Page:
Friday, January 31, 2003
Gangs of New York / ***1/2 (2002)
The picture opens with only one of the many strokes of genius spread across the entire canvas. In a preparation sequence building up to a bloody confrontation between two feuding New York gangs in the mid-19th century, an Irish Priest (Liam Neeson) looks into the eyes of his young and curious son Amsterdam, who is handed his father's bloody razor but is instructed not to wipe it clean. "Someday you will understand why," the priest informs him. And soon after, it's off into the frigid and empty streets of the "Five Points" territory, where the Irish immigrants are ready to destroy and then ransack the gang of natives led by William Cutting (Daniel Day-Lewis), a local butcher whose claim over the area, we gather, is intensely firm but widely accepted.
The confrontation, needless to say, results in the graphic dismemberment of several crucial participants—the movie even ups the visual intensity by providing its fighters not with guns, but with ordinary kitchen items like knives and meat cleavers—and the war climactically ends with the slaying of the Irish Priest at the hands of his core opponent, the Butcher himself. Amsterdam bears witness to this tragedy, naturally, and when he resurfaces in the Five Points area 15 years later, he is still shaken by that incident enough to seek out revenge. Lucky for him, the Butcher retains his rule over the area after all those years and is unaware that its newest arrival is the aged son of his greatest nemesis.
Like most of the director's past work, the thoughtful approach finds its ultimate reward in characters, many of whom aren't structured by clichés or simple outlines. There is Jenny Everdeane (Cameron Diaz), a seemingly high-class socialite whose pick-pocketing shenanigans win the attention of Amsterdam himself, and William Tweed (Jim Broadbent), the political center of the Five Points who, in addition to being a relentless collector of birds, appears to be in Bill's own back pocket. We also meet Happy Jack (John C. Reilly), an officer of the law who, Amsterdam immediately recognizes, was once part of his father's gang all those years ago.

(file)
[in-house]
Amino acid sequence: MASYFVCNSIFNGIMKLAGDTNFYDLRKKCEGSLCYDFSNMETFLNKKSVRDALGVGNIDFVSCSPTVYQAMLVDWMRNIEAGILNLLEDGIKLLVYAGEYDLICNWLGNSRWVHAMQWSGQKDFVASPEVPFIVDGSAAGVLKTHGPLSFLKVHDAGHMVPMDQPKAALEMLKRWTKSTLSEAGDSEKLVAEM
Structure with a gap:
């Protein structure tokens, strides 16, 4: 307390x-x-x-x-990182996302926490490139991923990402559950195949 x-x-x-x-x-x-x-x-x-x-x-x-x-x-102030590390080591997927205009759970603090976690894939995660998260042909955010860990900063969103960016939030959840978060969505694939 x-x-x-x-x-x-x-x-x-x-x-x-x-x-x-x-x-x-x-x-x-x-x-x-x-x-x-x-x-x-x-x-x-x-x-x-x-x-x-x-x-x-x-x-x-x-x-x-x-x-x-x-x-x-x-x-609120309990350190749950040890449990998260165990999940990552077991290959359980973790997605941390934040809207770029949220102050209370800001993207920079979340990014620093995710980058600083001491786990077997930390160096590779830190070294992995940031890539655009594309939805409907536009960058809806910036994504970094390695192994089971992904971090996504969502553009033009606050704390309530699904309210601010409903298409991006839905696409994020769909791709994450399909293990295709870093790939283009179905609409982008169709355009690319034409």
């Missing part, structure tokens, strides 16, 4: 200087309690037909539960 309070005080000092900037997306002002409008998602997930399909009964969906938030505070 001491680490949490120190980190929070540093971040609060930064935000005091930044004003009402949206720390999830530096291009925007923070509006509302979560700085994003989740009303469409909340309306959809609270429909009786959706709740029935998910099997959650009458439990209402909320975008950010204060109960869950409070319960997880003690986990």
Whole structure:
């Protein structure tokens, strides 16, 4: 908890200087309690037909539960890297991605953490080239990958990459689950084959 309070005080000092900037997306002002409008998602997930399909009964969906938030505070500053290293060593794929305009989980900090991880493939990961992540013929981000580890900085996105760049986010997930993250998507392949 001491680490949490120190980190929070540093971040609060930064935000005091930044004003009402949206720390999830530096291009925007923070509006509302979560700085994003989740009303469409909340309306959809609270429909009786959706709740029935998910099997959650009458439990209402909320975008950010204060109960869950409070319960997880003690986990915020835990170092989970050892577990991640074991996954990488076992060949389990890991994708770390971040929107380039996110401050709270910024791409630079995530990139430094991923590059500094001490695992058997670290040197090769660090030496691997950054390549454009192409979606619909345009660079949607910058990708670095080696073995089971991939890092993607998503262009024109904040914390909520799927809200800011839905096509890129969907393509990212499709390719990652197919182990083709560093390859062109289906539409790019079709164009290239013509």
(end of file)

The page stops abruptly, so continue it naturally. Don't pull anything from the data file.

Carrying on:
Fused with the supporting players, furthermore, are two strong leads, both of whom never quite fall merely onto one side of the moral fence. DiCaprio's character cunningly worms his way into the life of his father's killer, but once there, finds himself divided by both his impulsive obligation and his own growing admiration for the butcher. Ditto to Mr. Cutting, a merciless lord of crime who, despite all the malicious acts in his past, still remembers his greatest adversary with a stroke of compassion (at first seen by the Priest's portrait sitting on his mantle, and elaborated on later when he tells Amsterdam that the Irishman was "the only person I ever killed who is worth mentioning"). On the acting note, Daniel Day-Lewis is as convincing and compelling here as he has ever been, and most of his depth is fueled by a script so well aware of character identity that it seldom strays from plausible development. Few times in the past has a movie so effectively blurred the lines between protagonism and antagonism.